Unlocking the True Potential of Smart Grid Data

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By Abhishek Prabhakar


In a smart energy grid, new technologies and data sources are leveraged to make energy, distribution, transmission and usage as efficient as possible. In a move towards a greener future, smart grids are essential for enabling and improving lower-emission energy sources and ensuring the better use of all energy produced.

The data that drives smart grids and allows them to function with as little human input as possible is gathered from many sources, including IoT sensors, energy sources, transformer stations, and end-users. This smart grid data includes information such as load monitoring, distribution management, equipment status, and meteorological data to provide a real-time and macro view of the entire energy ecosystem.

Use cases of smart grid data

The accumulation and processing of smart grid data can ultimately help producers, distributors, and consumers create a more efficient energy ecosystem. Here are some of grid data’s most prominent uses:

Planning delivery infrastructure

The modernization of energy distribution infrastructure and the introduction of new technologies requires significant planning. By using grid data to identify where the greatest needs are (for EV charging points) or where the best wind flows or solar angles lie (for installing renewable production equipment), energy infrastructure can be optimized for efficiency, and planning cycles can be reduced by up to 90%.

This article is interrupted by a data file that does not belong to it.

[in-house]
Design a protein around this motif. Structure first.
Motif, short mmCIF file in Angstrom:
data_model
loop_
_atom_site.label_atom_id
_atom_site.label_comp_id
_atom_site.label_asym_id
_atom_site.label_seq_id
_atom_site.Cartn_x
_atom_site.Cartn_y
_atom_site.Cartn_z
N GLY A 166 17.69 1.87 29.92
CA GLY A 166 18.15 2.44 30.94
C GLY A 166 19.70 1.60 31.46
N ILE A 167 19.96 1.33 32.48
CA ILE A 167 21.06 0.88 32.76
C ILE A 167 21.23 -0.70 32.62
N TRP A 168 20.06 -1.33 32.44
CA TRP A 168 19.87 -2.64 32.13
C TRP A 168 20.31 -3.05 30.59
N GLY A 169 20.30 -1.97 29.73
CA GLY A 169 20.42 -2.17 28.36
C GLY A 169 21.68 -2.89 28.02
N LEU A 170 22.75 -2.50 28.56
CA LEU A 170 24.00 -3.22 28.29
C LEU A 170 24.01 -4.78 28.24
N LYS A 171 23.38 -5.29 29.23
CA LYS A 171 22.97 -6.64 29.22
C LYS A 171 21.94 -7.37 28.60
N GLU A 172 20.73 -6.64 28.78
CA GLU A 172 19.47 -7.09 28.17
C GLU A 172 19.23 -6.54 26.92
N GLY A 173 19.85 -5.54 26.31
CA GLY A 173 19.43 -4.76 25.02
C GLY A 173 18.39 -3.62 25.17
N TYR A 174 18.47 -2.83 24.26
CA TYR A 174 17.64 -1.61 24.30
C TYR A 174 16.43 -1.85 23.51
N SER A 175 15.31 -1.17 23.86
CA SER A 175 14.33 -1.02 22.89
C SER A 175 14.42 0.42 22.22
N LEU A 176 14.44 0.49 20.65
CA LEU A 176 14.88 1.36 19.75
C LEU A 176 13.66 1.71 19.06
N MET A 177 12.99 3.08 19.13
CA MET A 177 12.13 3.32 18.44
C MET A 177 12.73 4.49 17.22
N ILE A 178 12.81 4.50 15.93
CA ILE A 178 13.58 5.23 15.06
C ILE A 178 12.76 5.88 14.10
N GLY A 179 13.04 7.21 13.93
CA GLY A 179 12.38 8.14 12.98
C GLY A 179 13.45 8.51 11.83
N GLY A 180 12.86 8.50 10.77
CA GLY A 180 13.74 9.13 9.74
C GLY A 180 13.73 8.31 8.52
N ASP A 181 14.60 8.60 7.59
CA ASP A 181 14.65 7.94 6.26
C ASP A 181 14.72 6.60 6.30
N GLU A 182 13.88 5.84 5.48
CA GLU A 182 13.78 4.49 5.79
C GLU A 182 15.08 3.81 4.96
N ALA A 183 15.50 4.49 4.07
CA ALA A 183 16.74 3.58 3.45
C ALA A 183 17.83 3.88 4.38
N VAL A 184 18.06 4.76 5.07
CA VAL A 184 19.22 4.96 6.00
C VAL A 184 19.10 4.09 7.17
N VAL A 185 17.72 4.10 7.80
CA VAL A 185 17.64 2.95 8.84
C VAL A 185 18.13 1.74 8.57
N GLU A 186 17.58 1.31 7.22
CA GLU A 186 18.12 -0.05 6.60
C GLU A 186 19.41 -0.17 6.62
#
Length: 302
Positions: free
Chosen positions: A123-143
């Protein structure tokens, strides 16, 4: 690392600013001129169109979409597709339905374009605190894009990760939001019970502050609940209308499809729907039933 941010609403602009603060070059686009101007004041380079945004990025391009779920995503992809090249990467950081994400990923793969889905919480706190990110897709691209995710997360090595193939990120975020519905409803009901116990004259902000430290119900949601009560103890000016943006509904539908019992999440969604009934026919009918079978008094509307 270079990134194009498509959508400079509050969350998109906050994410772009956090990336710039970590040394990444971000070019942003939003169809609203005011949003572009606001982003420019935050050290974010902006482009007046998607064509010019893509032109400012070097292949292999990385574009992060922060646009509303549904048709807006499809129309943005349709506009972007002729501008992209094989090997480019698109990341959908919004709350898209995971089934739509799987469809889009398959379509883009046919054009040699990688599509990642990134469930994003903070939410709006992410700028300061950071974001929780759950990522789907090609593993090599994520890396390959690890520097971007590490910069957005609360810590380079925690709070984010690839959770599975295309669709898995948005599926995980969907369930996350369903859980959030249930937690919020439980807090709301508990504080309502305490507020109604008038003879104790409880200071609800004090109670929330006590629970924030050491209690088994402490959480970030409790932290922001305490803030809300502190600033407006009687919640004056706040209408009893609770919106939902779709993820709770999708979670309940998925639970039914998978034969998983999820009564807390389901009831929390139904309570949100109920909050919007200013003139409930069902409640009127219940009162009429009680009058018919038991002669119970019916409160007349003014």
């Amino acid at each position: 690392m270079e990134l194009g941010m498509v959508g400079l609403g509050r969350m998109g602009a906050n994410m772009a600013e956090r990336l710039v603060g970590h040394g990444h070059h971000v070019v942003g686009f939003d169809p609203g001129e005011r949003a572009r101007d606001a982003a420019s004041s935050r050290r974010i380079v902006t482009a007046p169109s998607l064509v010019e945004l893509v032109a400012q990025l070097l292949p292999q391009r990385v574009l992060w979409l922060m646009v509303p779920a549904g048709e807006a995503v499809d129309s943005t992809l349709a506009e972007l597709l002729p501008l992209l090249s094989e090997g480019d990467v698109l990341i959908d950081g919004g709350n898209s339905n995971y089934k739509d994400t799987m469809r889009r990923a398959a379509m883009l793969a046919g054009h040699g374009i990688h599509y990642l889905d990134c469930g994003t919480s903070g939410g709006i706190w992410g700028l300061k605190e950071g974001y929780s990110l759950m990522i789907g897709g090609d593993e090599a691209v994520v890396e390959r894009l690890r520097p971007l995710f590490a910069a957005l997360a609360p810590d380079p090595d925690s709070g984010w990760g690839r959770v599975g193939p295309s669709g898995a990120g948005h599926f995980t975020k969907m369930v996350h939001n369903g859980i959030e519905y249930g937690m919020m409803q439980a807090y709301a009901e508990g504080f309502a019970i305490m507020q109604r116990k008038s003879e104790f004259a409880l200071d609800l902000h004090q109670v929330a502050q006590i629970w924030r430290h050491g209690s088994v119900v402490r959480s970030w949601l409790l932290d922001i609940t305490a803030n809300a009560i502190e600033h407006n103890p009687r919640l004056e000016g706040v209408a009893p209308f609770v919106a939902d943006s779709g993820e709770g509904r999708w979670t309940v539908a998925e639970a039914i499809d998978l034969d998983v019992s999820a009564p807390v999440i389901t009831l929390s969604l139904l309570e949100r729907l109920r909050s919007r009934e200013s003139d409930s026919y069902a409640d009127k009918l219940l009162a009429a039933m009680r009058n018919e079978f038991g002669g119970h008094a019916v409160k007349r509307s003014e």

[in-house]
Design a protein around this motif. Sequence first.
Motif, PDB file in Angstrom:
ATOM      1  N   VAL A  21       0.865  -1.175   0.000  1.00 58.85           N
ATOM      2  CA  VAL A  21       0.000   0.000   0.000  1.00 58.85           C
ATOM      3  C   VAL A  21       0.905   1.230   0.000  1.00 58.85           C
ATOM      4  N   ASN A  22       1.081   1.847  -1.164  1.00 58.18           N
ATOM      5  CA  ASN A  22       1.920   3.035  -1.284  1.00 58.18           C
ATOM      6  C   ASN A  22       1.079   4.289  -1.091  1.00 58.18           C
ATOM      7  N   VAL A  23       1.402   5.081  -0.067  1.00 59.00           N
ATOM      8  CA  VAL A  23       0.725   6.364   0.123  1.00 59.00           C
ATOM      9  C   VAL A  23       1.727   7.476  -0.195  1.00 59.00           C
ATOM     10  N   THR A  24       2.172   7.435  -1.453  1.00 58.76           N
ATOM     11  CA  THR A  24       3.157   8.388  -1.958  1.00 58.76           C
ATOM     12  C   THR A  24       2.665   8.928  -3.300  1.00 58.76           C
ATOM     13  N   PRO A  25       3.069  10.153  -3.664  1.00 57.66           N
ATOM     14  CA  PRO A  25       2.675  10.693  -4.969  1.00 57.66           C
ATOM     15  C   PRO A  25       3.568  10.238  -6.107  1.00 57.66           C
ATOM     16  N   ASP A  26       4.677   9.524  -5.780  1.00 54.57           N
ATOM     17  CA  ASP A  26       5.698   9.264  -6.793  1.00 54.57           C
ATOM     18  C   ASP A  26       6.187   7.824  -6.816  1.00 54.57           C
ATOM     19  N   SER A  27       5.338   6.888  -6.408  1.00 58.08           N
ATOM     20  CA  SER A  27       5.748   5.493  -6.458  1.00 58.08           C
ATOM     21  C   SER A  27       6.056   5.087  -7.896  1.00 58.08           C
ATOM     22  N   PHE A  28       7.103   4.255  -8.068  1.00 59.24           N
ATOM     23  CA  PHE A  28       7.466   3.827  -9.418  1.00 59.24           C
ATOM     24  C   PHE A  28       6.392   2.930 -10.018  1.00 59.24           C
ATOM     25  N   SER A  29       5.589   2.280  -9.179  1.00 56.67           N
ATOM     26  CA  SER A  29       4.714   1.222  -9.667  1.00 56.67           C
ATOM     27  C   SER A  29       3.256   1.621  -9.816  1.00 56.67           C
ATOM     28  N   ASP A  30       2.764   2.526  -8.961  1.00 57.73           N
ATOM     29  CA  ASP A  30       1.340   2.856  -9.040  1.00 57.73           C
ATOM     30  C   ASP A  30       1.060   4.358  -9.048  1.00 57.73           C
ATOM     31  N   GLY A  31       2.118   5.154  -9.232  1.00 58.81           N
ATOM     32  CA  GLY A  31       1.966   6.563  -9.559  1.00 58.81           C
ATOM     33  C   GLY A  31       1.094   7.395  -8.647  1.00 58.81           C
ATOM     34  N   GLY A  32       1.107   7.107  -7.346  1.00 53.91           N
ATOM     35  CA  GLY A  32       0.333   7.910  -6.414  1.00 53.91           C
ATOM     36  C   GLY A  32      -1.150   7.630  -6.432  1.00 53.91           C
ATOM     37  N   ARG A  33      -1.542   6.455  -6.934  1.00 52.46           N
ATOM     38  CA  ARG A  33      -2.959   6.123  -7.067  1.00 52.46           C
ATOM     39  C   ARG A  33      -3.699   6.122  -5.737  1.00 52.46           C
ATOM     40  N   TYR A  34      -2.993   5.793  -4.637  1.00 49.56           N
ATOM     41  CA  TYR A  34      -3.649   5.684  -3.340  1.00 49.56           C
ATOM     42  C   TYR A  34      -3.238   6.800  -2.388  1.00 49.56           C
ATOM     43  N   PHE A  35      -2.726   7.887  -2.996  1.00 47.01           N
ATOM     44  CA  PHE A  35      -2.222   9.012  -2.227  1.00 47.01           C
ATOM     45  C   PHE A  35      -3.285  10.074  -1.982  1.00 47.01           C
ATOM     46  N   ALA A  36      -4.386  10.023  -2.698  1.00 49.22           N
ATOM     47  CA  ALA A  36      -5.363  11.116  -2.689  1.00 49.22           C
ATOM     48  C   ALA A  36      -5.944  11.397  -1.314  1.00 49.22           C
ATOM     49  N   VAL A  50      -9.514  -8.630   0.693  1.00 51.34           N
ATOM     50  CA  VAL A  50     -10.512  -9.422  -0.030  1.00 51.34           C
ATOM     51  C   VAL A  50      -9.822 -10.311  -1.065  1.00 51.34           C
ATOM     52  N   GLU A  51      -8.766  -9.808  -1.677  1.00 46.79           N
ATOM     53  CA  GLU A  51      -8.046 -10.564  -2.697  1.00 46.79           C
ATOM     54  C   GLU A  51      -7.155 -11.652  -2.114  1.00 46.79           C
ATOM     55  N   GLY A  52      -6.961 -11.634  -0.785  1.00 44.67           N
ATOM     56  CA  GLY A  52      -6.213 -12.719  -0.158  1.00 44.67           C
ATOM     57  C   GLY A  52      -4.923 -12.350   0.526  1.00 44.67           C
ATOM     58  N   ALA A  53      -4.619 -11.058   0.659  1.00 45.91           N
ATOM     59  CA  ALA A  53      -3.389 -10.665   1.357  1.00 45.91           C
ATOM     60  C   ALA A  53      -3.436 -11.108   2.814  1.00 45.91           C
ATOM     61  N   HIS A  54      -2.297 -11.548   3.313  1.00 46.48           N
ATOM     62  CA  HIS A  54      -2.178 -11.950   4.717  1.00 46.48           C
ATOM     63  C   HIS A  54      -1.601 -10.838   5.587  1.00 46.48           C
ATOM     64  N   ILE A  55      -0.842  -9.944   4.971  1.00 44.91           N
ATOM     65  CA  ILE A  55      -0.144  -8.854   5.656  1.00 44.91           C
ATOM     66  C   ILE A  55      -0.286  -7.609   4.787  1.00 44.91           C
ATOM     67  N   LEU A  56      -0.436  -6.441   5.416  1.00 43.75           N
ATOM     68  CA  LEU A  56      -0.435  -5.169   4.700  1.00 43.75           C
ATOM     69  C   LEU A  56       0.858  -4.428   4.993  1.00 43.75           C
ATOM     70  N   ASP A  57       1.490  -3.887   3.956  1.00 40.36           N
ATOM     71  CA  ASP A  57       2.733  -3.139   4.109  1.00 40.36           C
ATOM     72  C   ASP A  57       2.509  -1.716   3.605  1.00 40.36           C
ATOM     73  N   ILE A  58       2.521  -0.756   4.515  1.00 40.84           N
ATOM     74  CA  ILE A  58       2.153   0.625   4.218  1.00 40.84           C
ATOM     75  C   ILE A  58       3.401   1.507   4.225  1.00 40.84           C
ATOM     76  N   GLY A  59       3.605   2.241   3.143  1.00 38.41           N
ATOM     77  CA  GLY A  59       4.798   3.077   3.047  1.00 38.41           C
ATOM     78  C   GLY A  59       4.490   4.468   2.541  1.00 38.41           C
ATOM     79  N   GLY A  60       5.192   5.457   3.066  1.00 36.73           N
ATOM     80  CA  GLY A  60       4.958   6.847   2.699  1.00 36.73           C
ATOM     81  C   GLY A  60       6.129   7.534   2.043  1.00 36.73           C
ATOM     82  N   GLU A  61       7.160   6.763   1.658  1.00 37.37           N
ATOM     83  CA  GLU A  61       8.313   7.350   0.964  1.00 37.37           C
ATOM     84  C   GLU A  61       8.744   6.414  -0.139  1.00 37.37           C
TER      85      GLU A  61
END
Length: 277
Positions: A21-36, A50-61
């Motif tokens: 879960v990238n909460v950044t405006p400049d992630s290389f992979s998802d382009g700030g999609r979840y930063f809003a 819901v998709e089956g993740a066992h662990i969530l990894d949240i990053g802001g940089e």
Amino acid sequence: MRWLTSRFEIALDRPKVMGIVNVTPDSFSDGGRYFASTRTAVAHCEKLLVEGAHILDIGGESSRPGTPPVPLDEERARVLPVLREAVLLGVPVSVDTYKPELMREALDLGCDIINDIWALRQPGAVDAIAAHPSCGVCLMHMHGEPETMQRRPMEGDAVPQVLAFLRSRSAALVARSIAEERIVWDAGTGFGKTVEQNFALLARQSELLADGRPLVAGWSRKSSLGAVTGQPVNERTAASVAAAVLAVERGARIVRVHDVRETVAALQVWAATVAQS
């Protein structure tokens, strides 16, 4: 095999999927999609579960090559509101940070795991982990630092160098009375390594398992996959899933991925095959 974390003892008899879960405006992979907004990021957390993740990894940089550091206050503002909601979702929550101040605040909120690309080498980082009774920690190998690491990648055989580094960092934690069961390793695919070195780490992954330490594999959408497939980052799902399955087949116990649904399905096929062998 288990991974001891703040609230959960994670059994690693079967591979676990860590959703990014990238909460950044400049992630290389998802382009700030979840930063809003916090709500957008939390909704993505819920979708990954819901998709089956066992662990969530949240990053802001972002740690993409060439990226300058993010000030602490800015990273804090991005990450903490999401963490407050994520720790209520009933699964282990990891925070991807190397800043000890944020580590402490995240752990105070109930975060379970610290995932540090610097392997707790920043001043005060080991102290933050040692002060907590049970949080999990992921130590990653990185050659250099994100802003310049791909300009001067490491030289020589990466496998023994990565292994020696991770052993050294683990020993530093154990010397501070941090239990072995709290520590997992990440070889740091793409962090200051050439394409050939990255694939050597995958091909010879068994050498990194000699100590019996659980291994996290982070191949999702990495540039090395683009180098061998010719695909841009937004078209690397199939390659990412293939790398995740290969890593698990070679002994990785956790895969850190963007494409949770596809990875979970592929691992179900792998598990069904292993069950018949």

Providing better end-user service 

In regards to making greener energy choices, most utilities report that their consumers want more control. With smart grid data, this can be enabled through real-time tariff options. Providers can also provide energy usage dashboards that inform consumers about their energy choices and allow them to compare their energy use to comparable homes in the area. 

Predictive maintenance

Maintaining energy infrastructure is a vital part of ensuring its efficiency. Instead of relying solely on age, engineers can use IoT sensors and load monitoring data to identify the equipment that’s most in need of maintenance. The Department of Energy has found that predictive maintenance could result in 30-40% in cost savings over reactive maintenance. It also delivers other benefits such as reduced downtime.

Distributed energy resources

One of the biggest changes brought about by new energy technologies is the possibility of “two-way” energy flows, allowing consumers who produce their own energy to sell it back to the grid in times of excess. Along with the relevant delivery technology, this also requires using smart grid data to correctly calculate and reimburse consumers with little complication.

Emergency planning situations

One noticeable impact of climate change is the increase in the frequency and intensity of weather-related disasters. A common outcome of these is energy blackouts. As Brian Van Heel, a director at Delta Electronics, described in an interview with Power magazine, improved smart grids and available grid data means “we’ll have a more compartmentalized power grid where a smaller, more surgical strike can be made to cut off power to only segments of the grid that are in the path of immediate danger.”